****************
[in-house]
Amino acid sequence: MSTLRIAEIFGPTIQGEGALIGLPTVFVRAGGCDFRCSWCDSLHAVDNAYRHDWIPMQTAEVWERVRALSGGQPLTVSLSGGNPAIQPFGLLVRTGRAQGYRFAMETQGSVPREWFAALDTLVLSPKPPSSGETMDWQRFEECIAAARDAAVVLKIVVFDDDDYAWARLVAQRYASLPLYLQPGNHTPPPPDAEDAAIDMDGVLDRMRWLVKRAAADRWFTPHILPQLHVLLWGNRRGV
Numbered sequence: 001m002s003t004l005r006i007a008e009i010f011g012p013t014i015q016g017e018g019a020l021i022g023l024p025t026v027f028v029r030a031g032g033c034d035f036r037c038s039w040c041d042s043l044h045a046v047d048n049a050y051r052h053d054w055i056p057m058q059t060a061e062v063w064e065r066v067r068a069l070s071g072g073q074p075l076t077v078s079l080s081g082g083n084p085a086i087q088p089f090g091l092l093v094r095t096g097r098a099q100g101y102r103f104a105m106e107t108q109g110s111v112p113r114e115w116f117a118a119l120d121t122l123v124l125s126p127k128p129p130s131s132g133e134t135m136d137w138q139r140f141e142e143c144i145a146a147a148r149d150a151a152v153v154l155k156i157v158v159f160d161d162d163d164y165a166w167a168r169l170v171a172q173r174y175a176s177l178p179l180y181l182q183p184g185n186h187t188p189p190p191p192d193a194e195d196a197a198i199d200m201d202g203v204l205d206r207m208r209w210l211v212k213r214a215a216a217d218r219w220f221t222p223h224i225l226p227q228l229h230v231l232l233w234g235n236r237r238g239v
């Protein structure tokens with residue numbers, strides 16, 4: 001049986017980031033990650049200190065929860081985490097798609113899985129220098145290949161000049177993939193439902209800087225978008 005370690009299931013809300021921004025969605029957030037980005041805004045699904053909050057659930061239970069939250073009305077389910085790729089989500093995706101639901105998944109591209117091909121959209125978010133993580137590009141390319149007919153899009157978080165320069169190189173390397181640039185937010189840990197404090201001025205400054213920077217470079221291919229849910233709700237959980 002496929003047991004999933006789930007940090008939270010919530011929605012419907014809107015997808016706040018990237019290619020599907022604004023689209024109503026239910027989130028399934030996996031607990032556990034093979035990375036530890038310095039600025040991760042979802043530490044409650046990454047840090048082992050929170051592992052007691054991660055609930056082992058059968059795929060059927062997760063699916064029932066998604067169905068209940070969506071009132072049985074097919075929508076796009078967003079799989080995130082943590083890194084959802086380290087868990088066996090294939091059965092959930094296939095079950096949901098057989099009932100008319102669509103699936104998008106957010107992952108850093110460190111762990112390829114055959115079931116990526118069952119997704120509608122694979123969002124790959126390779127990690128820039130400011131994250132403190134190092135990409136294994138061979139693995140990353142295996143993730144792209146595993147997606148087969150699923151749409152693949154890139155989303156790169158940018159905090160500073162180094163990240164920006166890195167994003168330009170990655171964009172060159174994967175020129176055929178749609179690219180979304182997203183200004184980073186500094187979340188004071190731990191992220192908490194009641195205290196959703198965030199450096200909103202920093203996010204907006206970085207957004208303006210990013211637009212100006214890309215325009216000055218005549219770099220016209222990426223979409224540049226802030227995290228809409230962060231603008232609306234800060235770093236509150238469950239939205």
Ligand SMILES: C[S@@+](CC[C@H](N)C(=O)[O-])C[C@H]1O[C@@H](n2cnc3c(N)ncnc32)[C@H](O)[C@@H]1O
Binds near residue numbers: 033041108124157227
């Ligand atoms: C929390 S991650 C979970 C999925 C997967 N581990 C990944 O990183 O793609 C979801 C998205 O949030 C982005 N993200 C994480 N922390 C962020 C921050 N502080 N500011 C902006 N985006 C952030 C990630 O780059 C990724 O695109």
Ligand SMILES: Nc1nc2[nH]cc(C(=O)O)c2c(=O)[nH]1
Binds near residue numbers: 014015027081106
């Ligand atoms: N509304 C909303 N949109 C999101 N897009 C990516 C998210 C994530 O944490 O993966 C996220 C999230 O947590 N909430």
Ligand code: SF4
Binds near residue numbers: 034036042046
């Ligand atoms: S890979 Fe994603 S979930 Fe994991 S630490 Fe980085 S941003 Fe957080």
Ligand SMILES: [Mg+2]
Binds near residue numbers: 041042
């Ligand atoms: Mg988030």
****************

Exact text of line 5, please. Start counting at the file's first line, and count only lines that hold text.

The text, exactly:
Ligand SMILES: C[S@@+](CC[C@H](N)C(=O)[O-])C[C@H]1O[C@@H](n2cnc3c(N)ncnc32)[C@H](O)[C@@H]1O